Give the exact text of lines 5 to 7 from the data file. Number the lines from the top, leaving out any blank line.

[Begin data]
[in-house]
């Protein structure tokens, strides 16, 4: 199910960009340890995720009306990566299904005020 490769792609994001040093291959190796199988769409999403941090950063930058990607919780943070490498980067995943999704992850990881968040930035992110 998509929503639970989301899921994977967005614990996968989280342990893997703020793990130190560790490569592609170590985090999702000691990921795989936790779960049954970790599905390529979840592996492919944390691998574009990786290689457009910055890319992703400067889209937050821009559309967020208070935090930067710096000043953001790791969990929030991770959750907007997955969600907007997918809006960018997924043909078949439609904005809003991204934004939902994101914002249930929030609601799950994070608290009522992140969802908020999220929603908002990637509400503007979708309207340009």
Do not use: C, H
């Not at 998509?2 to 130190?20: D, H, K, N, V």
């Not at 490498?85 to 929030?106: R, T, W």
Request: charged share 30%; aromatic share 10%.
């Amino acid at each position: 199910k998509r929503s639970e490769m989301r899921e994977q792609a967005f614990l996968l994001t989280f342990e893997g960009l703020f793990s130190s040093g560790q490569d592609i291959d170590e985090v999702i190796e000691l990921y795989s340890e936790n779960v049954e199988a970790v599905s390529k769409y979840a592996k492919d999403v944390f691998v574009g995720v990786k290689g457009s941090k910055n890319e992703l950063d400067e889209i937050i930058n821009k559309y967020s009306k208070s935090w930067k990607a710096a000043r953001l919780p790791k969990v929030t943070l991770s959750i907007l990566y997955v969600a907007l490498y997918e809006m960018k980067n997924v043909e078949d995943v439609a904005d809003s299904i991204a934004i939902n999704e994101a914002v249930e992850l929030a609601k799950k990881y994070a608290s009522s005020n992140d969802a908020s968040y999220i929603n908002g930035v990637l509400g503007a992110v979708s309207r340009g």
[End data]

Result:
């Not at 490498?85 to 929030?106: R, T, W």
Request: charged share 30%; aromatic share 10%.
């Amino acid at each position: 199910k998509r929503s639970e490769m989301r899921e994977q792609a967005f614990l996968l994001t989280f342990e893997g960009l703020f793990s130190s040093g560790q490569d592609i291959d170590e985090v999702i190796e000691l990921y795989s340890e936790n779960v049954e199988a970790v599905s390529k769409y979840a592996k492919d999403v944390f691998v574009g995720v990786k290689g457009s941090k910055n890319e992703l950063d400067e889209i937050i930058n821009k559309y967020s009306k208070s935090w930067k990607a710096a000043r953001l919780p790791k969990v929030t943070l991770s959750i907007l990566y997955v969600a907007l490498y997918e809006m960018k980067n997924v043909e078949d995943v439609a904005d809003s299904i991204a934004i939902n999704e994101a914002v249930e992850l929030a609601k799950k990881y994070a608290s009522s005020n992140d969802a908020s968040y999220i929603n908002g930035v990637l509400g503007a992110v979708s309207r340009g």